Military whistleblower to speak in mid-Missouri on dangers of drone warfare
COLUMBIA - An ex-airman turned whistleblower will speak on the negative impact of drone warfare locations in mid-Missouri Tuesday.
Cian Westmoreland, a former U.S. Air Force communications expert, will give presentations in Fulton and Columbia on the U.S. "drone war." He was responsible for helping build the communications infrastructure for the drone program in Afghanistan.
A news release on the event states Westmoreland is "one of four drone experts who signed an open letter to President Obama proclaiming that U.S. drone attacks, which have killed thousands of civilians, have served as recruitment tools for ISIS and other terrorist groups rather than curtailing wars."
The meetings come one week after the election of Donald Trump as U.S. president, who will soon take over the role of commander-in-chief and thus, make decisions on the use of drones in the military.
"Mr. Trump is kind of a blank slate," said Jeff Stack, coordinator of Mid-Missouri Fellowship of Reconciliation, an organization co-sponsoring the event. "There's really not much of a long-term strategy as we can see it. We're convinced, unfortunately, that these kind of belligerent foreign policies may continue and so we who are concerned about peace and trying to support non-violent alternatives to war will have plenty of work to do."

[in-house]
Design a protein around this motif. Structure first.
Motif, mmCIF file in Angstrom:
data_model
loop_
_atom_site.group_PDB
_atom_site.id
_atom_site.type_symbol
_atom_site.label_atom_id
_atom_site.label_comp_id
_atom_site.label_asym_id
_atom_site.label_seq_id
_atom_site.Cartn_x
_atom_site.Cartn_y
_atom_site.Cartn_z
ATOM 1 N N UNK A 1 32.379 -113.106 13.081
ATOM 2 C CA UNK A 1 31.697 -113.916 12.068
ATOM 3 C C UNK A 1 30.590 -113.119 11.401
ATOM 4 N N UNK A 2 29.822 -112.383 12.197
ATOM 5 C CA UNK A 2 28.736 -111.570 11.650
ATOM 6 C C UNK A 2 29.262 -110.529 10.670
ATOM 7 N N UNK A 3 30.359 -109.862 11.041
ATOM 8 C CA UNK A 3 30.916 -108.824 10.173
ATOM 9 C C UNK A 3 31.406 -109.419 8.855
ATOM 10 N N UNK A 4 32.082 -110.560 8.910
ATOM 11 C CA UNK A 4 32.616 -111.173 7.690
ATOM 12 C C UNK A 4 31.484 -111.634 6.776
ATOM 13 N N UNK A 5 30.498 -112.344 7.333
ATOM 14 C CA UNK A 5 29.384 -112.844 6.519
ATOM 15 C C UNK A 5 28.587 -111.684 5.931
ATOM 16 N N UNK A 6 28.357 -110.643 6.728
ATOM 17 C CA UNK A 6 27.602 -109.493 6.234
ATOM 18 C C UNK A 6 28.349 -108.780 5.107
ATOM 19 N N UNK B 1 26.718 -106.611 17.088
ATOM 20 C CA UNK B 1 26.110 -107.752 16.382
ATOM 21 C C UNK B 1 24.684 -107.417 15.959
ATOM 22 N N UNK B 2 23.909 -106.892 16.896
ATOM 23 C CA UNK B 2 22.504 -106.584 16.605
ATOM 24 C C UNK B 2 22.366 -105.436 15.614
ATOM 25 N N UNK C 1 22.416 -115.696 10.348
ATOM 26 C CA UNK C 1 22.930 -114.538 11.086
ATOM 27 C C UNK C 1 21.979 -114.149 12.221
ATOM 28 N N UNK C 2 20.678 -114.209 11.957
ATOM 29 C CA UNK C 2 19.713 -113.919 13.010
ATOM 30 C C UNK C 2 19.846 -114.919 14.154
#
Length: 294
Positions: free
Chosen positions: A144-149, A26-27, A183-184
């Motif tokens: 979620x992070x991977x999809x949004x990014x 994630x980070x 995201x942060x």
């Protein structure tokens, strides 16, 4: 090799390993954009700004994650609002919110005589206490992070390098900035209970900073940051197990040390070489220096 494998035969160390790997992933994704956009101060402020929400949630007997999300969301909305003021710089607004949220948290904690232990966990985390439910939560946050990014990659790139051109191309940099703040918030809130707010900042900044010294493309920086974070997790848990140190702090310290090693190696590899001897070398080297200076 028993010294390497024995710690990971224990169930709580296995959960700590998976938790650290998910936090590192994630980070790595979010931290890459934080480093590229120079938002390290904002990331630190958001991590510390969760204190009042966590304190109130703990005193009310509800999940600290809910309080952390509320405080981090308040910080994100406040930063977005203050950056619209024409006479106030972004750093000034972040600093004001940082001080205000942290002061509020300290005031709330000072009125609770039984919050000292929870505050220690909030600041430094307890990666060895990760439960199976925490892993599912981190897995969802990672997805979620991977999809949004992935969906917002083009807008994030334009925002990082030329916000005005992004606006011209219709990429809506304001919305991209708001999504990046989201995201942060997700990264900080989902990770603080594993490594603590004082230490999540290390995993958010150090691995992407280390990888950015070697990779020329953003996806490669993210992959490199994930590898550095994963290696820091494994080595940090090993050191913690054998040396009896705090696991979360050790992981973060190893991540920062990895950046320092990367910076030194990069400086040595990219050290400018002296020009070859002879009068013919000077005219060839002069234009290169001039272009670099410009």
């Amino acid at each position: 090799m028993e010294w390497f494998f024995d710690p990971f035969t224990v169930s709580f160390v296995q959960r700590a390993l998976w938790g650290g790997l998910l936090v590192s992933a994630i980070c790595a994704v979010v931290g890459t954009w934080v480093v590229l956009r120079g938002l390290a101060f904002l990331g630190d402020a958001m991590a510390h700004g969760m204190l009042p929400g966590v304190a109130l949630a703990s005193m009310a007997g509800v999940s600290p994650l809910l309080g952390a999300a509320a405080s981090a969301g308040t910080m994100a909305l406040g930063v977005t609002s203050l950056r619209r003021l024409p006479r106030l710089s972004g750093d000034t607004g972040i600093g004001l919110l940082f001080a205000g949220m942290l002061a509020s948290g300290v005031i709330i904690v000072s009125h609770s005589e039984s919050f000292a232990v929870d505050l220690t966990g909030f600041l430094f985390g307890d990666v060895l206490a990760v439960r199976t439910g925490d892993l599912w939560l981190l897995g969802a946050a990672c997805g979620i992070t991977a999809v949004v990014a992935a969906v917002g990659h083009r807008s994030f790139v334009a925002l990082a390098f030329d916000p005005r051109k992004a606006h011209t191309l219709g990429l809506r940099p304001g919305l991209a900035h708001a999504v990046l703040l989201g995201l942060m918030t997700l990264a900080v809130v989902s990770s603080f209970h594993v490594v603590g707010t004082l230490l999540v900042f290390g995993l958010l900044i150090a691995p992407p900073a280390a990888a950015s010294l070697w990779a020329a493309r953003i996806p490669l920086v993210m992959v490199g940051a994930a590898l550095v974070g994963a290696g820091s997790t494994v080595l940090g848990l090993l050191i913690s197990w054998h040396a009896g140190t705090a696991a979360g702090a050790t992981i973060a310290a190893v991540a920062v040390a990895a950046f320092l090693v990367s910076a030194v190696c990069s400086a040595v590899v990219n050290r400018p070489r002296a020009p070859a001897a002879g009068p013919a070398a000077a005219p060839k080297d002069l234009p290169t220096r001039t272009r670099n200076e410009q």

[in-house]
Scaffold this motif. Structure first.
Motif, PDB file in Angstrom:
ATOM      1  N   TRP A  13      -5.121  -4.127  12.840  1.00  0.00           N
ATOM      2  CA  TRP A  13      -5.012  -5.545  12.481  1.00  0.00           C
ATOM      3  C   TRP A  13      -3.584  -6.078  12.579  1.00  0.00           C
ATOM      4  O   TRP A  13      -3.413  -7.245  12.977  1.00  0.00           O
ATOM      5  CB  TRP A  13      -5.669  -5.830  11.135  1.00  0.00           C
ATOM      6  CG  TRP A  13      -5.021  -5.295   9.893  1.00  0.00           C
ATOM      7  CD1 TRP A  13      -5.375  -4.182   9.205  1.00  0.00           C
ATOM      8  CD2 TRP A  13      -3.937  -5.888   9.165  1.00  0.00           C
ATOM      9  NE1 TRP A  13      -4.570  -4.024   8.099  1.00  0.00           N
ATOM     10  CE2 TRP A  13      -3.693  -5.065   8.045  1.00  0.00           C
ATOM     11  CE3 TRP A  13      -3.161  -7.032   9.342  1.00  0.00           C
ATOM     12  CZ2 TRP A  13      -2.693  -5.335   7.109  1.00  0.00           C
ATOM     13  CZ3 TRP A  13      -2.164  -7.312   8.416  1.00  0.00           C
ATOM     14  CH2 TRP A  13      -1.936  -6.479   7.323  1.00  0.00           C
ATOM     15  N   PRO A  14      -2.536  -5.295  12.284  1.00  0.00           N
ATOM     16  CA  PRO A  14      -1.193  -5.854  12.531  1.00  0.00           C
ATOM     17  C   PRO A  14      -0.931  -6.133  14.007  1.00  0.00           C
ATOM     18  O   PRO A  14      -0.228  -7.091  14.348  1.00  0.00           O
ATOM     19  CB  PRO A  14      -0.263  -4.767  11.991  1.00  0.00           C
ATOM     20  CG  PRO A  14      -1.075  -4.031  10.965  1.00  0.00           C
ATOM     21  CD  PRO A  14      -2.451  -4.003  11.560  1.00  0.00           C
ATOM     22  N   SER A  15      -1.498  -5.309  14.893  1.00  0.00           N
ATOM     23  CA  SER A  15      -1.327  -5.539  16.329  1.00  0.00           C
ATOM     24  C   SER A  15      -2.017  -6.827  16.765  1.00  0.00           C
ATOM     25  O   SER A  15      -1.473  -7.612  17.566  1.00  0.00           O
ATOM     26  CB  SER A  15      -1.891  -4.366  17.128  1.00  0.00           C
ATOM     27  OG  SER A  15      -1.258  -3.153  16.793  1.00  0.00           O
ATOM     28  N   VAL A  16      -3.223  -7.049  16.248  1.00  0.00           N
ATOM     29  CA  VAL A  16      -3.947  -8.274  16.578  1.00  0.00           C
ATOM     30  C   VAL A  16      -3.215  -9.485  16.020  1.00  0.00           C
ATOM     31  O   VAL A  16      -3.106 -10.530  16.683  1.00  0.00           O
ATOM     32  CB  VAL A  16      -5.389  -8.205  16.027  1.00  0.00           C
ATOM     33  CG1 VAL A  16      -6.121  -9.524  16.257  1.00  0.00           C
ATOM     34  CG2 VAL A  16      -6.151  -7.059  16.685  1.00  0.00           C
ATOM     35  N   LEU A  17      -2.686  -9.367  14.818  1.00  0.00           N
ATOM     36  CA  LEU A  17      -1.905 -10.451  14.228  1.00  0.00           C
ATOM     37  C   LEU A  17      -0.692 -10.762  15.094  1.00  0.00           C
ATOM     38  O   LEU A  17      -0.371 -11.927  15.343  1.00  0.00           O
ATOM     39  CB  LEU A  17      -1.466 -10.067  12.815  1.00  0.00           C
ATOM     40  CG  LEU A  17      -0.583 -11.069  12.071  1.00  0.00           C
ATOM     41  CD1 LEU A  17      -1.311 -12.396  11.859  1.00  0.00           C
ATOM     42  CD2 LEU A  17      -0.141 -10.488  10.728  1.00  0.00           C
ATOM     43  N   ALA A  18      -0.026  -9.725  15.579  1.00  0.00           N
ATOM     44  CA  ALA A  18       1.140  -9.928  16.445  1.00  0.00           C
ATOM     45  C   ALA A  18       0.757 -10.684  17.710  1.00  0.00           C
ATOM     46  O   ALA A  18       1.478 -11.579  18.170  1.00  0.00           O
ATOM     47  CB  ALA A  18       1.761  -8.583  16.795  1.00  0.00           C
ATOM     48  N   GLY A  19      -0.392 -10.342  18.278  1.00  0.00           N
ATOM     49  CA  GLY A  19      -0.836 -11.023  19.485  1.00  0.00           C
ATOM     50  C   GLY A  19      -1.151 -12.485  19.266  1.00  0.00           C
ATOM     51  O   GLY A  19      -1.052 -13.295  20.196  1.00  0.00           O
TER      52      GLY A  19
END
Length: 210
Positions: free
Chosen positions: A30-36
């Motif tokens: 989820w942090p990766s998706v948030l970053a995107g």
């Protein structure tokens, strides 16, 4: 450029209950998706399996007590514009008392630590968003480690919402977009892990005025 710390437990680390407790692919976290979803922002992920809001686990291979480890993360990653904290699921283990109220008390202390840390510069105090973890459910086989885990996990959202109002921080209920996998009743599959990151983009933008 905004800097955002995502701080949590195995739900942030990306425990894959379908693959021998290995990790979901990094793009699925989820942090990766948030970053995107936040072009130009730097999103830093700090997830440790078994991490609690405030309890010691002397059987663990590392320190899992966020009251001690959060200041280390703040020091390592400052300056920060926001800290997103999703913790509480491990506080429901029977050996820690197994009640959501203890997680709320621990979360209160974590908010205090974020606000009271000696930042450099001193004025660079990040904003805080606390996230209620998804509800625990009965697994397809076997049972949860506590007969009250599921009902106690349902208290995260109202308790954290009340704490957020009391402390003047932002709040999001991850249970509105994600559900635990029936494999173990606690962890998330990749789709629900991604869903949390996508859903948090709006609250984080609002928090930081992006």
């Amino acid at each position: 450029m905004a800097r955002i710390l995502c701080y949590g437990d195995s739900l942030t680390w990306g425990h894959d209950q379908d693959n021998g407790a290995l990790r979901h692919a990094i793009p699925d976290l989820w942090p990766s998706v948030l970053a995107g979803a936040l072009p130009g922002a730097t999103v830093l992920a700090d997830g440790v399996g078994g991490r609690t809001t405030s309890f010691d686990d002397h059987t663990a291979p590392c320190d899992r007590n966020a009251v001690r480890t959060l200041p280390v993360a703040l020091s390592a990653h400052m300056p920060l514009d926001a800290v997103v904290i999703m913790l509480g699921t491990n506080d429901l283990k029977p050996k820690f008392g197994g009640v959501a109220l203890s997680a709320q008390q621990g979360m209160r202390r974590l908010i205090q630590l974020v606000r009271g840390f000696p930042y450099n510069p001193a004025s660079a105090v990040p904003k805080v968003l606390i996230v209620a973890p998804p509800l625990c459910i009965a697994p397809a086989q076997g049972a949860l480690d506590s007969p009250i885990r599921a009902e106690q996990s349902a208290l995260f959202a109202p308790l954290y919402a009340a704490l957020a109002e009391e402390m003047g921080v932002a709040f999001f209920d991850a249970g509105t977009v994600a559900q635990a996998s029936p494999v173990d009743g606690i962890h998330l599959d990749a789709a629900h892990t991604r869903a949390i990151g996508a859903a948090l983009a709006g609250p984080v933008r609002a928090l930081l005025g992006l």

Westmoreland declined a $50,000 bonus to re-enlist in 2009, and has given talks around the world pushing for an end to U.S. belligerence, the news release said.
"There is no doubt that [using drones] has killed terrorists," said MU professor Jack Kultgen, who teaches a class called Philosophies of War and Peace. "The judgment of 'political realism' is that it all depends on whether it works to win the war. I have no way of judging whether it works against terrorism."
Stack said the most necessary improvements are in the United States' foreign policy.
"U.S. military foreign policy is not working," Stack said. "We need to be more active in our efforts to try to settle international strife with non-violence, with diplomacy, something that, unfortunately, our government has been rather sparing in trying to pursue."
Westmoreland will speak in the model courtroom at William Woods University in Fulton at noon, followed by a presentation at MU's Mumford Hall, room 133, at 7 p.m. If you have questions about the program, you can call Stack at 573-449-4585.
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